Key TakeawaysTikTok's new deal with the Universal Music Group will give users access to more songs without having to worry about copyright notices.TikTok now has agreements with three major music labels.Experts say this is a good move for users, giving both TikTokers and artists more options. Harold M. Lambert / Getty Images
Grab your phone and get ready to jam out to more of your favorite music, thanks to a new deal between TikTok and the Universal Music Group.
TikTok is expanding the amount of music available to its users under this agreement, which the social media app says will help content creators use licensed music, and could even lead to more "ambitious experimentation, innovation, and collaboration" in the future. It's a smart move for both TikTok and UMG, though experts say content creators are the real winners.
"This is a good thing for TikTok users," Adam Chase, president of Music Minds, told Ach5 in an email. "This deal will let users use UMG songs without restriction. Previously, there were hard caps on how long you could actually use [copyrighted music], and you could still be stuck with a copyright notice despite staying under the time limit."
The reason agreements like this are happening is because of how much of an impact the video-sharing app is having on the music industry.
In June 2019, The Ringer spoke with Sueco the Child, a rapper who spent years trying to break out and go viral so he could turn his love for music and hip-hop into a career. Just two months prior, Sueco's life had changed forever when he saw how quickly rapper Lil Nas X jumped to the top of the charts with his song "Old Town Road," which found an audience on the app through various challenges and dances by popular TikTokers.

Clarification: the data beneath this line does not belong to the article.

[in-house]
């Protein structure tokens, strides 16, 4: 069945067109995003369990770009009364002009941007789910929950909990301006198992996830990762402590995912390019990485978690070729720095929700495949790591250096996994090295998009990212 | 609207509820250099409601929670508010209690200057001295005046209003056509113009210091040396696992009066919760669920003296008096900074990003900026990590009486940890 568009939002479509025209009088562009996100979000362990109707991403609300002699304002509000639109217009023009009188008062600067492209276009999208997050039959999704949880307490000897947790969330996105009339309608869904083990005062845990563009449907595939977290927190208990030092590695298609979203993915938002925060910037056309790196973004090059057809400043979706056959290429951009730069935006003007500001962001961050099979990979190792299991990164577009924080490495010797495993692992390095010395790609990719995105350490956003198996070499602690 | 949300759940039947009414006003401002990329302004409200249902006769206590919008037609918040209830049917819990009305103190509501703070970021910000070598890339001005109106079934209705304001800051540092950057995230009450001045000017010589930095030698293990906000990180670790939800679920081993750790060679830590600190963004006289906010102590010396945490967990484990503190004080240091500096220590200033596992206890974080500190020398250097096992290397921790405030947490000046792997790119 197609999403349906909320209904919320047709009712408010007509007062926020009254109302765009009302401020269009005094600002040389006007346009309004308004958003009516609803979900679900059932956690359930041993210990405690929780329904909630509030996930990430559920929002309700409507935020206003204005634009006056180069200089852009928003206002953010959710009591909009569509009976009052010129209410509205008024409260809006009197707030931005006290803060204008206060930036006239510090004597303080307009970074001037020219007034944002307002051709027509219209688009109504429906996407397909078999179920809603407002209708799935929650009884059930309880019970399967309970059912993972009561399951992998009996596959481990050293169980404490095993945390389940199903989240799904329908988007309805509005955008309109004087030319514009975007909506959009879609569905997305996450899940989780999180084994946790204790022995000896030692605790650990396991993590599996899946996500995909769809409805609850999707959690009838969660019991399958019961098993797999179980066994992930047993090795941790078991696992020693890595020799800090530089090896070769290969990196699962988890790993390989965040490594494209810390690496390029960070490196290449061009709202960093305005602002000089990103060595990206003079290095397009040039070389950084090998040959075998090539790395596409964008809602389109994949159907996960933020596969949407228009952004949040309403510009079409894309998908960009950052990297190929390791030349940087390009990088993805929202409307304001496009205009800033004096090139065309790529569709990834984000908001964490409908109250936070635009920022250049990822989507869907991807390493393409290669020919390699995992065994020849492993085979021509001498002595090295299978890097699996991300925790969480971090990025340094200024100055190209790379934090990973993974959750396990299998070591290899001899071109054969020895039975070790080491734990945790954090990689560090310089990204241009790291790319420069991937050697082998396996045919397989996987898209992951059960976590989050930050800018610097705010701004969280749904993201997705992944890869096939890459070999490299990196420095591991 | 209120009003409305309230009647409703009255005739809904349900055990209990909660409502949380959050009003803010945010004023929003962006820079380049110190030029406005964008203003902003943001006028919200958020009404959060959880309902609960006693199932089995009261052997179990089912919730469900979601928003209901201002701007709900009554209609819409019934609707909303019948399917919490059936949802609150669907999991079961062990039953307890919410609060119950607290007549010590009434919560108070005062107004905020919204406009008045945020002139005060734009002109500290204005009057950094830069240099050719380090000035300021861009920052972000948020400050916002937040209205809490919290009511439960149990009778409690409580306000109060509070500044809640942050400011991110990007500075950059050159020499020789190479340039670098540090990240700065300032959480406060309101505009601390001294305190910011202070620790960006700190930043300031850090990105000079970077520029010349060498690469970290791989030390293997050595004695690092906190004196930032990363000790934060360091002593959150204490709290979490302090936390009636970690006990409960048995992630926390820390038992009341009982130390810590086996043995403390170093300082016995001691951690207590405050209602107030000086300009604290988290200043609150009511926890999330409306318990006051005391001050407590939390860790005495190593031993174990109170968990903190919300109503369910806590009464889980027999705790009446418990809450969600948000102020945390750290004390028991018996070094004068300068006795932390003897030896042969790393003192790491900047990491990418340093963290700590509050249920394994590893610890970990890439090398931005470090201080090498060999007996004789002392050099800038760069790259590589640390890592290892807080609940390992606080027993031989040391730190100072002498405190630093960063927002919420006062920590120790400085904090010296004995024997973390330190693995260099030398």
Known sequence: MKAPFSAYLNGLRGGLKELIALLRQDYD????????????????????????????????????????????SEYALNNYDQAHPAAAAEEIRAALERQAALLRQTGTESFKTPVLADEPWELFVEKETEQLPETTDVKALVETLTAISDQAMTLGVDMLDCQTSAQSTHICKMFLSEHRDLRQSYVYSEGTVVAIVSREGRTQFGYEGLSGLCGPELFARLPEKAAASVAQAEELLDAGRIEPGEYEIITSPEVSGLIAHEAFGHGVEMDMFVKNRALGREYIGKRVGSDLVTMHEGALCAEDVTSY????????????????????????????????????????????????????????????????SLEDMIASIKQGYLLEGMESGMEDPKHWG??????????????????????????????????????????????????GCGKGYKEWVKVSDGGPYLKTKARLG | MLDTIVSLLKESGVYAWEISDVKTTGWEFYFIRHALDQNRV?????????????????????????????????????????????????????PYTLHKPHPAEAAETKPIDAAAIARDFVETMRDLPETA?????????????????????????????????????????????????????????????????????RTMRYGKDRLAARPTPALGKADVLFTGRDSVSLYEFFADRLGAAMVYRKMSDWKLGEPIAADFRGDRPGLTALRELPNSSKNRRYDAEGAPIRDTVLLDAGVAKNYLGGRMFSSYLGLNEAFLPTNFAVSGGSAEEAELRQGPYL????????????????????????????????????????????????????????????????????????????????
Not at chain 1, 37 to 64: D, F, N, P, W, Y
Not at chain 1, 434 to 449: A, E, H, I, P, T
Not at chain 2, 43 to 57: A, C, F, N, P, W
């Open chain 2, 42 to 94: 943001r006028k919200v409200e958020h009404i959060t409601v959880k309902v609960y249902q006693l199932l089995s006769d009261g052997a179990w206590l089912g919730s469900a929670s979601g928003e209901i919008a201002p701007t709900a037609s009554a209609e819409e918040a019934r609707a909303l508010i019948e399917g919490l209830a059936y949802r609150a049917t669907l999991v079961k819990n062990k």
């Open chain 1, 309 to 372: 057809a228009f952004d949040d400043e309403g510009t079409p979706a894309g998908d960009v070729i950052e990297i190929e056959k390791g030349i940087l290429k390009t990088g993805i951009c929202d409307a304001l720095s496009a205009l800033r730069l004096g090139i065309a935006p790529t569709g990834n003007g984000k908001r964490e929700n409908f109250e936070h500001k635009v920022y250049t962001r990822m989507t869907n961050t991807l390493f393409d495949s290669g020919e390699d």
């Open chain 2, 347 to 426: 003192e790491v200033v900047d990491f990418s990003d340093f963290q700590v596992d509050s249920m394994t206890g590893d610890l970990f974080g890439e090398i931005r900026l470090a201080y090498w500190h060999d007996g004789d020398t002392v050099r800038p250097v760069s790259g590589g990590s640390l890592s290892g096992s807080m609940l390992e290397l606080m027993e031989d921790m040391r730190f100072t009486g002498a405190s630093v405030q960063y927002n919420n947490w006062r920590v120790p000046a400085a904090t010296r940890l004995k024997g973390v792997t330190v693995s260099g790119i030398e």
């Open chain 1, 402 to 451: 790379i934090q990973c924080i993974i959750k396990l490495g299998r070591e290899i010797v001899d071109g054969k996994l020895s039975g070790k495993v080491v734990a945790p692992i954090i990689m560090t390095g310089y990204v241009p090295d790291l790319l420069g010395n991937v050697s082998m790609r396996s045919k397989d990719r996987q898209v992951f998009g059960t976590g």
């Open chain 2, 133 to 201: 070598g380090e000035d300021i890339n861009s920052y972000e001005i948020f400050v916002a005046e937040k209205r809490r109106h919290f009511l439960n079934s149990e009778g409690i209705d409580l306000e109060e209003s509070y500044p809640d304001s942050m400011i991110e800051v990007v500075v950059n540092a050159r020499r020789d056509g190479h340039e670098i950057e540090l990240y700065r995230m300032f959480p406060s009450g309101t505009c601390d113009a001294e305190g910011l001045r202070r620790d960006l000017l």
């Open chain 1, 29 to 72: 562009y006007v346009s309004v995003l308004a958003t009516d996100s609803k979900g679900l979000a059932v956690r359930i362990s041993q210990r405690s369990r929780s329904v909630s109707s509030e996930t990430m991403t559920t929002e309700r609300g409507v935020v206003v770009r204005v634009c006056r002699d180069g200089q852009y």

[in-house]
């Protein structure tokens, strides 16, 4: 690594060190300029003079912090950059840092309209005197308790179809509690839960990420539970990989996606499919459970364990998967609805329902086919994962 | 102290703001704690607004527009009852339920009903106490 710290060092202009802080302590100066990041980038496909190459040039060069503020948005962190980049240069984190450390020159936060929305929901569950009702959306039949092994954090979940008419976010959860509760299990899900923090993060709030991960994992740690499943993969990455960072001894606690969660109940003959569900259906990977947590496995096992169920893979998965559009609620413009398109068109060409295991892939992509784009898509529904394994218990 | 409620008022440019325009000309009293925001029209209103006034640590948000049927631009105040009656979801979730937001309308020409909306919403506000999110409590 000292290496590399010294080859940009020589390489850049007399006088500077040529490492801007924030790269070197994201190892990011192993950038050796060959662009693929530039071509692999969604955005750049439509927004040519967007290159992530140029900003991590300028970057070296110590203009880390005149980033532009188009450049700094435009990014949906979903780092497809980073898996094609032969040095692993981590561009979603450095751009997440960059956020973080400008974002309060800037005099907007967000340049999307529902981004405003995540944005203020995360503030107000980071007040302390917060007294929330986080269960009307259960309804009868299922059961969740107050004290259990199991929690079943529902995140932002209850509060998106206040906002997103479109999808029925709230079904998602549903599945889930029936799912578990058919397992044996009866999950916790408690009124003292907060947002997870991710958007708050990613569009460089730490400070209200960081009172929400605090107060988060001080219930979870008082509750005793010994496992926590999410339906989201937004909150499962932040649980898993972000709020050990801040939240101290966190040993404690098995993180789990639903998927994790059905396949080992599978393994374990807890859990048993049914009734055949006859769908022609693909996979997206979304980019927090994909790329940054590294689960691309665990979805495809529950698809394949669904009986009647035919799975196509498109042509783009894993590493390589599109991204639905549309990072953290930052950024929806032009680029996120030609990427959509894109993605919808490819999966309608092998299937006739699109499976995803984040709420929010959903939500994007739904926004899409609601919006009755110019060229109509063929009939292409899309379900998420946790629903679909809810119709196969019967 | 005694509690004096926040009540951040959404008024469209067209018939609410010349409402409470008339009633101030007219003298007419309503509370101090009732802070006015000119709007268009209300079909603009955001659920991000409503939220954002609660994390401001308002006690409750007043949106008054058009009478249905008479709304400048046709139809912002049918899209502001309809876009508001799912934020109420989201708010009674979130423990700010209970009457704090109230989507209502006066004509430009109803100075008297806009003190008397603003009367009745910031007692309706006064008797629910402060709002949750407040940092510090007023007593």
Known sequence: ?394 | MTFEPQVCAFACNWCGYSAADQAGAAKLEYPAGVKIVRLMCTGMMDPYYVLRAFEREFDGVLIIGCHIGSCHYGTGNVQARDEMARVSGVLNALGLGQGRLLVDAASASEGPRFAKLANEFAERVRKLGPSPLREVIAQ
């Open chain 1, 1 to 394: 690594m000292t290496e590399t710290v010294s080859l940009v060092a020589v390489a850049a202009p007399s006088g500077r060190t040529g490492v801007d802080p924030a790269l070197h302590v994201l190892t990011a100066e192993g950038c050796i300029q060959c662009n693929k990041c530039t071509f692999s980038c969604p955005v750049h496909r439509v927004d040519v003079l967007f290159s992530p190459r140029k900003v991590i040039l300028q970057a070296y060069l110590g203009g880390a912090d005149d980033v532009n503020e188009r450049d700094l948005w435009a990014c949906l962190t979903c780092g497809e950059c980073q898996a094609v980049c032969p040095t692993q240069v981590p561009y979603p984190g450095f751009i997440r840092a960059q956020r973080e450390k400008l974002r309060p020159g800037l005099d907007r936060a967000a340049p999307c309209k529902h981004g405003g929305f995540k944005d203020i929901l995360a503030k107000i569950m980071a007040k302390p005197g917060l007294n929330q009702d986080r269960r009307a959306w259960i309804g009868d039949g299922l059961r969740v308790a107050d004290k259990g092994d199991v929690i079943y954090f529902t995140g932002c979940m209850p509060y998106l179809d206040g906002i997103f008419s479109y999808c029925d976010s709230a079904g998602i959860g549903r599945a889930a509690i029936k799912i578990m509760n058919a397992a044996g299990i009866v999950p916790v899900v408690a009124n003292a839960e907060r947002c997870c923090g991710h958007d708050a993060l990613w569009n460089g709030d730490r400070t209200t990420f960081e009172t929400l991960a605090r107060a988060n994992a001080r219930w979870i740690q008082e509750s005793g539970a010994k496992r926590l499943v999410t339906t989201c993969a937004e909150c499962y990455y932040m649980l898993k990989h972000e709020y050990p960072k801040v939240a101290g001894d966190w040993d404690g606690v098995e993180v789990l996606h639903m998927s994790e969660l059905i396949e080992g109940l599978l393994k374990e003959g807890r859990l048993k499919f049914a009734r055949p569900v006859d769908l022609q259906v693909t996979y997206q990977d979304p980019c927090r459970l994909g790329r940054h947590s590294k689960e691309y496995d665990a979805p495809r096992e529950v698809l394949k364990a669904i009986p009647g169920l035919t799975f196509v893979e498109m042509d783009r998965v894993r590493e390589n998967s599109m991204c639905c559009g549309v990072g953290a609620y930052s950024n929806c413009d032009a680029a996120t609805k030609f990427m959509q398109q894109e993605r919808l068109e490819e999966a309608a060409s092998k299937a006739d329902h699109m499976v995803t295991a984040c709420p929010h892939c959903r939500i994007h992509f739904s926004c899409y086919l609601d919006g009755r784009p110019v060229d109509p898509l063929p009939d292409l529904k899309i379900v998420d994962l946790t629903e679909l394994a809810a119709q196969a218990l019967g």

According to The Ringer, this was the moment the lightbulb went off, and Sueco reached out to a friend—who at the time had hundreds of thousands of followers on TikTok—asking him to include his song "Fast" in one of his videos. The result was over 3.2 million TikTok videos featuring the song, and more than 16 million plays of the song on Spotify.
Sueco isn't the only artist who has seen success thanks to the shareable nature of TikTok's videos. Others like Benee also have seen their songs blow up, with "Supalonely" being featured in videos from popular TikTokers like Charli D'Amelio. From there, things continued to skyrocket, and the song ended 2020 as No. 88 on Billboard's Hot 100.
TikTok has over 689 million monthly active users worldwide, according to DataReportal. Seeing the success of these artists pushed forward by the platform and its content creators is exactly why these kinds of deals are so important.
TikTok has built a unique position, with its massive audience able to quickly popularize music. The social media app based around sharing short videos also signed an agreement with Sony Music Entertainment in November 2020, meaning this deal with UMG is just the latest indicator of how vital TikTok has become to the music industry.
TikTok's agreement with these labels will help content creators avoid the pitfalls that have befallen others on sites like YouTube and Twitch, where users of the latter have been hit by copyright notices from years-old clips.
"This is a good thing for TikTok users. This deal will let users use UMG songs without restriction."
"I think all these sites go through a stage where they can sort of get away with more than their predecessors," Sekou Campbell, a partner in the Philadelphia offices of Culhane Meadows, a law firm, told Ach5 in an email. "But eventually, once the large rights owners take note, they often come up with very similar structures to ensure that rights holders are properly compensated and have appropriate controls over their work."
In TikTok's case, though, the coimpany is getting ahead of the issue and working to ensure its users—and the artists whose music is being used—are given everything they need to succeed.